Some archers advocate going au naturel when it comes to hunting or even target practice. Some, on the other hand, prefer getting help from modern equipment, especially for recurve bows. But this is for sure that when you’re first learning to shoot with a recurve or when you are trying to get back in shape after being away for a while, these accessories do come in handy. Over the years, we have seen some really tacky ones that we couldn’t even imagine what really had something to do with archery, and some were so groundbreaking that they changed how we saw shooting arrows forever. We are listing down best accessories for recurve bows that are either absolutely essential for all or at least helpful to some of us.
Bow Stringer:- is one of the accessories that you absolutely need whether you are a pro or just a beginner. Some companies even have it as a policy that the warranty for their bow goes void if you do not use a bow stringer to string them. A stringer will allow you to safely use your body weight against the bow to bend it enough that the string falls right into the limb pockets on the tip. Our recent ancestors used to have a step-through method which could be dangerous to both the bow and the archer sometimes. Thank goodness, we have technology and research.
Nocking Points serve the purpose of providing a fixed place on the string where you can nock (park) the arrow. What this basically does is that having a consistent place to put the end of your arrow each time will make you more aware of where your arrow is going to go from which angle, improving your overall accuracy and winning you more friends and haters at the archery.
A nocking point is also good to make sure that you do not get your hand nicked. There are several ways to DIY nocking points or you can even buy them from the archery.
Targets are, again, one of the must haves. Unless your town is being invaded by the walking dead, then forget the targets. Targets are basically designed in a way that over time it becomes easier for an archer to shoot a narrow target from a longer distance. Different targets may work differently for everyone and you may learn better with something that others don’t prefer, so watch out for that.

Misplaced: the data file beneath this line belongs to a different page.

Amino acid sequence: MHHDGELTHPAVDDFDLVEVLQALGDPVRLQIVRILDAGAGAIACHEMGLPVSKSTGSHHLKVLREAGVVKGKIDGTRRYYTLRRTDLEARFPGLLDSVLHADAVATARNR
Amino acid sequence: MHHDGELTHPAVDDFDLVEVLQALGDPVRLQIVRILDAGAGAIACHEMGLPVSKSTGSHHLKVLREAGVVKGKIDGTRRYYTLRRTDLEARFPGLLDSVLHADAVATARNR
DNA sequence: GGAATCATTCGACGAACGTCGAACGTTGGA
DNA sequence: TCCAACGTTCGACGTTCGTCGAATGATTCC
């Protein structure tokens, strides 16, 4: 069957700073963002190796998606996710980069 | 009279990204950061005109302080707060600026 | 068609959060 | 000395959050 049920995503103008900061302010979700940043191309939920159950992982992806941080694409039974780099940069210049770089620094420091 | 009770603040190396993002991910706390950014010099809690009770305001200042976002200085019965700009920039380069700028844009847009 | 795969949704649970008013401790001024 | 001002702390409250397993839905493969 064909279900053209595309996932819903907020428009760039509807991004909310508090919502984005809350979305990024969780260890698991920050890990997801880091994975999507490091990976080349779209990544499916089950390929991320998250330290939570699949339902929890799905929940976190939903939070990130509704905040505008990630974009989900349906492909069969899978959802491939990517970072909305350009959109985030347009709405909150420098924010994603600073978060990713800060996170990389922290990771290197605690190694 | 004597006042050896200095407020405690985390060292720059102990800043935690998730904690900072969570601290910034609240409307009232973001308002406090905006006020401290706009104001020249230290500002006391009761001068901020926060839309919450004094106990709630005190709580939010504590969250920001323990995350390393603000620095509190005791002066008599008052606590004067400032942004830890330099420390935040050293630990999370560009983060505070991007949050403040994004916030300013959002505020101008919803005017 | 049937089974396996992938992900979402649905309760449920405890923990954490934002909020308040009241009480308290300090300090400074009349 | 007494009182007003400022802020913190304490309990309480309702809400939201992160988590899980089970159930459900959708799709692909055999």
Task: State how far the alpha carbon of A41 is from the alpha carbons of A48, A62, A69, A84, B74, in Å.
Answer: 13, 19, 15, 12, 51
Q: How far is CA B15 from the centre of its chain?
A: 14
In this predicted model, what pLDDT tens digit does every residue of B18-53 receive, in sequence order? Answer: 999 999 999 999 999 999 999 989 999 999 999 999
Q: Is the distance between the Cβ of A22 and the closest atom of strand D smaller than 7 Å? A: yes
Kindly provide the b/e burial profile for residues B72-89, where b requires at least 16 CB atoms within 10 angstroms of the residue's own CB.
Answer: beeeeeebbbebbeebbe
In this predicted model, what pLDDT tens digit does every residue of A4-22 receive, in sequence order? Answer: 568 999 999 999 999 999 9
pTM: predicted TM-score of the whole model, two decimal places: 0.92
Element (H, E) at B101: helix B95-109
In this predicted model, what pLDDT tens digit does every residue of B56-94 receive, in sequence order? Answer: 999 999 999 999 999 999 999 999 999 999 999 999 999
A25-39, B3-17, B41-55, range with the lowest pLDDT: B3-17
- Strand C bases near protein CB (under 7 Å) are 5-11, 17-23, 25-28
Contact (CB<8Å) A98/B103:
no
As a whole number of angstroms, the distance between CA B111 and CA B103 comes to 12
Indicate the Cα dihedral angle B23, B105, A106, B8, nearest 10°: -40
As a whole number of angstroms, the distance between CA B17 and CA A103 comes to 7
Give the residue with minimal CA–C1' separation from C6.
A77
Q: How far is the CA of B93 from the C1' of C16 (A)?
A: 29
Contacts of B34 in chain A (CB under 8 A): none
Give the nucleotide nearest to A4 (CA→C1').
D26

For example, my friend couldn’t shoot well on these colored bulls-eye targets and he always used to hit the outer white section (No, he’s not colorblind). One day, I hung a rabbit tail on a tree for him to shoot for and he got better every day. Bottom line is: if one thing doesn’t work out for you, don’t hesitate to experiment.
Recommendations (Not necessities)
There are some accessories that may not be required for all of us but only in some cases, or they are just nice to have for added comfort. One of these accessories is an arm guard. It is basically to cover your forearm and protect it from the string that swings back and forth in vibration after releasing a shot. Professional archers who have been doing it for a while know very well how to keep their arm away from the string, but this may save pretty hurtful rashes and burns for the beginners.
Gloves/Finger Tabs are basically there to cover your fingers when you release the string. Otherwise, get ready for blisters and poor release following the pain. Just like Nocking points, you can DIY finger tabs. They are probably even easier than the former. But just to let you know, the newer tabs and gloves come with spacing so that you don’t end up pinching the arrow.
Arrow Rest should probably have been on top of this list, but nowadays almost all the bows come with one pre-installed or built into the overall design. This is basically what you will set (rest) the pointed side of the arrow over right before a shot, for improved accuracy, and hence, it is aptly named arrow rest.
Sometimes archers use their hands as arrow rest but you can never ‘always hold the bow from the exact same place’, can you?
String Wax is also essential because it holds together millions of fibers that every inch of your bow string comprises of (use a magnifier to observe yourself). If you do not lubricate your string from time to time, it will go loose because the tiny strands start snapping and eventually reducing the lifespan of your string. Wax, along with providing lubrication and holding the strands together, also provides protection against moisture, dirt, and heat. We recommend waxing your bowstring at least once a month, even if it is not being used a lot. It’s better if you do it twice a month.
Wrench, or a Broadhead wrench in this case, is used to open or unscrew the arrow tip. Without this tool you will end up slicing your fingers and while it may not be the flashiest of accessories, it is one of most efficient ones. However, you will only need this for Broadhead arrows.
A Sight or Sight Aid is usually not a standard accessory, but it surely is useful to some. When it comes to recurve bows, the archers usually tend to go for instinctive hooting and hence, having a sight installed is not popular. For beginners, they are definitely godsend. In my opinion, if you are a beginner hell bent on instinctive shooting beginning with a sight to get the hang of it is probably a very good idea.
Quivers can be both: an accessory to your outfit, and an accessory to your bow. The main job of a quiver is to hold your arrows and you may have it in whichever form you find it comfortable. Either one of these methods is better than sticking the arrows to the ground. The ultimate goal here is to be soft on the arrows and make it quicker to pull them out for the next shot.
String Silencers are basically rubber strands that reduce the vibration and obviously the noise that follows without compromising the shot in any way. If you are a bow hunter, you already know how important these tiny accessories can be, specifically if you have just started hunting with a recurve bow.